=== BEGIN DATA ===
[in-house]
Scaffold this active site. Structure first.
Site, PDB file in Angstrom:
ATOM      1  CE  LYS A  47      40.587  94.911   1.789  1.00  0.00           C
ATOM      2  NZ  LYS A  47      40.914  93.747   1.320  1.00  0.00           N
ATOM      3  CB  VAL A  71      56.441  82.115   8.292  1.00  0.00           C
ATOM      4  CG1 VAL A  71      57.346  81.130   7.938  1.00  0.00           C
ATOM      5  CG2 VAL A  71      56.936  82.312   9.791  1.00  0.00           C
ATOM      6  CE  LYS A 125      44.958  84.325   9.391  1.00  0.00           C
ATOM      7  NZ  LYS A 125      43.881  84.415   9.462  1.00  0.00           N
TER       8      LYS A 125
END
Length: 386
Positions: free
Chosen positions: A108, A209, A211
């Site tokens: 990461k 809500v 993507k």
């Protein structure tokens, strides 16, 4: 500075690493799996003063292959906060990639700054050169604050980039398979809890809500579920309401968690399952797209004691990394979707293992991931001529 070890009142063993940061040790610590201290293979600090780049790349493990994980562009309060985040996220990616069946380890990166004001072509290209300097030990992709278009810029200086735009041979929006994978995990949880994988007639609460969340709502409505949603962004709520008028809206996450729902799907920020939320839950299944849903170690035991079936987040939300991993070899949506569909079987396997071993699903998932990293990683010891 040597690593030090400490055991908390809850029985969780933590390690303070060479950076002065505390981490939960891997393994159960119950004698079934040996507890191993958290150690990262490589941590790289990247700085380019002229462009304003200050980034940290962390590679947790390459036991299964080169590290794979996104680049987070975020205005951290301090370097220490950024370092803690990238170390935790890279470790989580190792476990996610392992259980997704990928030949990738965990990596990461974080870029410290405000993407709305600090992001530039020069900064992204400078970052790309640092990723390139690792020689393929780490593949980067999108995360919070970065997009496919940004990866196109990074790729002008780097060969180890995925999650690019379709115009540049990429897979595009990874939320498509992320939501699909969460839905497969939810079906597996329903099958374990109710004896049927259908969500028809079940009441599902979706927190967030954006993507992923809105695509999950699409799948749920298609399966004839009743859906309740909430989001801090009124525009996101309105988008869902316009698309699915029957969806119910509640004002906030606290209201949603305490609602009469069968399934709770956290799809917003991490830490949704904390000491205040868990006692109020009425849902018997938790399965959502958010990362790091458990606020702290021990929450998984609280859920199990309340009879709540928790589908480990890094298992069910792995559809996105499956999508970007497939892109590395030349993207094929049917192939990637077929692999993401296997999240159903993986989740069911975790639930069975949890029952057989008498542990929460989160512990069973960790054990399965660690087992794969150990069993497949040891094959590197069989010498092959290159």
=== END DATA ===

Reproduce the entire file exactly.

[in-house]
Scaffold this active site. Structure first.
Site, PDB file in Angstrom:
ATOM      1  CE  LYS A  47      40.587  94.911   1.789  1.00  0.00           C
ATOM      2  NZ  LYS A  47      40.914  93.747   1.320  1.00  0.00           N
ATOM      3  CB  VAL A  71      56.441  82.115   8.292  1.00  0.00           C
ATOM      4  CG1 VAL A  71      57.346  81.130   7.938  1.00  0.00           C
ATOM      5  CG2 VAL A  71      56.936  82.312   9.791  1.00  0.00           C
ATOM      6  CE  LYS A 125      44.958  84.325   9.391  1.00  0.00           C
ATOM      7  NZ  LYS A 125      43.881  84.415   9.462  1.00  0.00           N
TER       8      LYS A 125
END
Length: 386
Positions: free
Chosen positions: A108, A209, A211
């Site tokens: 990461k 809500v 993507k």
């Protein structure tokens, strides 16, 4: 500075690493799996003063292959906060990639700054050169604050980039398979809890809500579920309401968690399952797209004691990394979707293992991931001529 070890009142063993940061040790610590201290293979600090780049790349493990994980562009309060985040996220990616069946380890990166004001072509290209300097030990992709278009810029200086735009041979929006994978995990949880994988007639609460969340709502409505949603962004709520008028809206996450729902799907920020939320839950299944849903170690035991079936987040939300991993070899949506569909079987396997071993699903998932990293990683010891 040597690593030090400490055991908390809850029985969780933590390690303070060479950076002065505390981490939960891997393994159960119950004698079934040996507890191993958290150690990262490589941590790289990247700085380019002229462009304003200050980034940290962390590679947790390459036991299964080169590290794979996104680049987070975020205005951290301090370097220490950024370092803690990238170390935790890279470790989580190792476990996610392992259980997704990928030949990738965990990596990461974080870029410290405000993407709305600090992001530039020069900064992204400078970052790309640092990723390139690792020689393929780490593949980067999108995360919070970065997009496919940004990866196109990074790729002008780097060969180890995925999650690019379709115009540049990429897979595009990874939320498509992320939501699909969460839905497969939810079906597996329903099958374990109710004896049927259908969500028809079940009441599902979706927190967030954006993507992923809105695509999950699409799948749920298609399966004839009743859906309740909430989001801090009124525009996101309105988008869902316009698309699915029957969806119910509640004002906030606290209201949603305490609602009469069968399934709770956290799809917003991490830490949704904390000491205040868990006692109020009425849902018997938790399965959502958010990362790091458990606020702290021990929450998984609280859920199990309340009879709540928790589908480990890094298992069910792995559809996105499956999508970007497939892109590395030349993207094929049917192939990637077929692999993401296997999240159903993986989740069911975790639930069975949890029952057989008498542990929460989160512990069973960790054990399965660690087992794969150990069993497949040891094959590197069989010498092959290159």